Apple Inc. (AAPL) - Get Free Report shares surged to a fresh all-time high Friday, trading firmly past the $400 mark for the first time ever, after the tech giant posted blowout third quarter earnings in the face of pandemic-triggered store closures and supply chain disruptions.
Apple said earnings for the three months ending in June, the group's fiscal third quarter, rose 25.9% from the same period last year to $2.58 per share, well ahead of the $2.05 per share Street consensus forecast. Group revenues rose 13.4% to a Street-beating $59.7 billion, Apple said, with gains in every geographical region and across all product line.
iPhone revenues rose 2% from last year to a forecast-beating $26.4 billion, despite the COVID-19 headwinds, thanks in part to a solid debut for the $399 iPhone SE, which was launched earlier this year. iPad and iMac sales, meanwhile, rose 22% and 31% respectively as work-from-home shifts powered computer purchases. Services revenues were pegged at $13.2 billion, just shy of Apple's recent record and up 15% from last year.
"We're very pleased with how we did on iPhone. It was better than we thought largely because May and June were much better. If you look at iPhone in totality the things that gets me very optimistic is the size of the active installed base," Apple CEO Tim Cook told investors on a conference call late Thursday.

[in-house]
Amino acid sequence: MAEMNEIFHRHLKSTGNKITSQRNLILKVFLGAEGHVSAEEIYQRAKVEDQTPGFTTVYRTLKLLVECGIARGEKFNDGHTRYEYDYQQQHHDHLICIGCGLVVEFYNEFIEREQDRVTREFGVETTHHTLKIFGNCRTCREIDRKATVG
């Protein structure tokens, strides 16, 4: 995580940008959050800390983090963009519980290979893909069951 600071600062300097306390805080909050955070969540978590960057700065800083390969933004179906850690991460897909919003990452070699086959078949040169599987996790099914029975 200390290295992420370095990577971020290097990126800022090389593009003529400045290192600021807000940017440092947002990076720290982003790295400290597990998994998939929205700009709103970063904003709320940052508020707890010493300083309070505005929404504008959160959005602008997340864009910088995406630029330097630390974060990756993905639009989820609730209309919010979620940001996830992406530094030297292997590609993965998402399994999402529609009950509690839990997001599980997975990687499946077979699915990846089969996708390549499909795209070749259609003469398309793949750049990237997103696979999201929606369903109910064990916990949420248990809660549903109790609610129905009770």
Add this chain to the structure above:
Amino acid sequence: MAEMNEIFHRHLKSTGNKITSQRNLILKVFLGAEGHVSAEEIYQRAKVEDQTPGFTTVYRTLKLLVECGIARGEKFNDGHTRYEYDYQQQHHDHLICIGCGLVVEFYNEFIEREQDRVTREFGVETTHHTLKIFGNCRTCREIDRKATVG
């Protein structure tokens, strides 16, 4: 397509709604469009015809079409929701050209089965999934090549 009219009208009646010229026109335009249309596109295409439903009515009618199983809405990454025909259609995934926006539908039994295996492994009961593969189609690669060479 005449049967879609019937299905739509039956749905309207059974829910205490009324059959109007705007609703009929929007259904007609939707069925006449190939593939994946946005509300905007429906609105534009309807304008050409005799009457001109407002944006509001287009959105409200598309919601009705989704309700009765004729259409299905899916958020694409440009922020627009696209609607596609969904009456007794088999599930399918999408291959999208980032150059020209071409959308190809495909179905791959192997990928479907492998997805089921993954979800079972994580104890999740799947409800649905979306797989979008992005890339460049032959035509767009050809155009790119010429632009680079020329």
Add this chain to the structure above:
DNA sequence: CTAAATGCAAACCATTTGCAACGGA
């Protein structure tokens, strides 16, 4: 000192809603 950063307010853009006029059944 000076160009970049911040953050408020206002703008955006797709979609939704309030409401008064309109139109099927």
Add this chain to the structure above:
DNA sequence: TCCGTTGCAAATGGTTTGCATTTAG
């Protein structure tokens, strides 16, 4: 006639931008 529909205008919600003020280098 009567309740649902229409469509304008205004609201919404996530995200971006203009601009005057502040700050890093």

"The installed base is growing and the new customer numbers are still very high and so, that to me bodes well for the future," he added. "There is clearly, as we had indicated, there is some amount of work from home and remote learning that do affect the results of Mac and iPad positively."
"They probably affect wearables and iPhone, the other direction. And -- but on Mac and iPad, these are productivity tools that people are using to stay engaged with their work or stay engaged with their school work," Cook said. "And we believe we're going to have a strong back to school season. Sitting here today, it certainly looks like that."
Apple shares were marked 6.2% higher in early trading Friday to change hands at $408.35 each, a move that would extend the stock's year-to-date gain to around 40% and value the Cupertino, California-based company at around $1.78 trillion.
The stock's impact on the Dow Jones Industrial Average, however, is set to wane next month after the group announced a four-for-one stock split that will take effect on August 31. A 7% to $410 per share adds around 185 points to the Dow. A similar gain at $110 per share would add only 46 points to the price-weighted average.
Apple declined to offer a near-term profit forecast, "given the uncertainty around the world' and the ongoing COVID-19 impact, but noted that it expects to see continued gains for the iPhone, despite likely delays of "a few weeks" for its iPhone 12 launch in September.
"Management anticipates continued double-digit growth for all hardware products except iPhones during Q4/F20 with iPhones facing a difficult growth comparable combined with the new product launches coming a few weeks later or now in the December quarter," said Canaccord Genuity analyst T. Michael Walkley, who carries buy rating with a $460 price target on the stock.
"Starting in Q1/F21, we believe Apple is well-positioned to benefit from the 5G upgrade cycle and anticipate strong iPhone growth to contribute to overall strong growth trends as 5G smartphones ramp and Apple continues to grow its installed base and higher-margins services revenue," he added. "Apple’s ecosystem approach, including an installed base that exceeds 1.6 billion devices globally, should continue to generate strong services revenue, and we expect the higher-margin services revenue growth to outpace total company growth."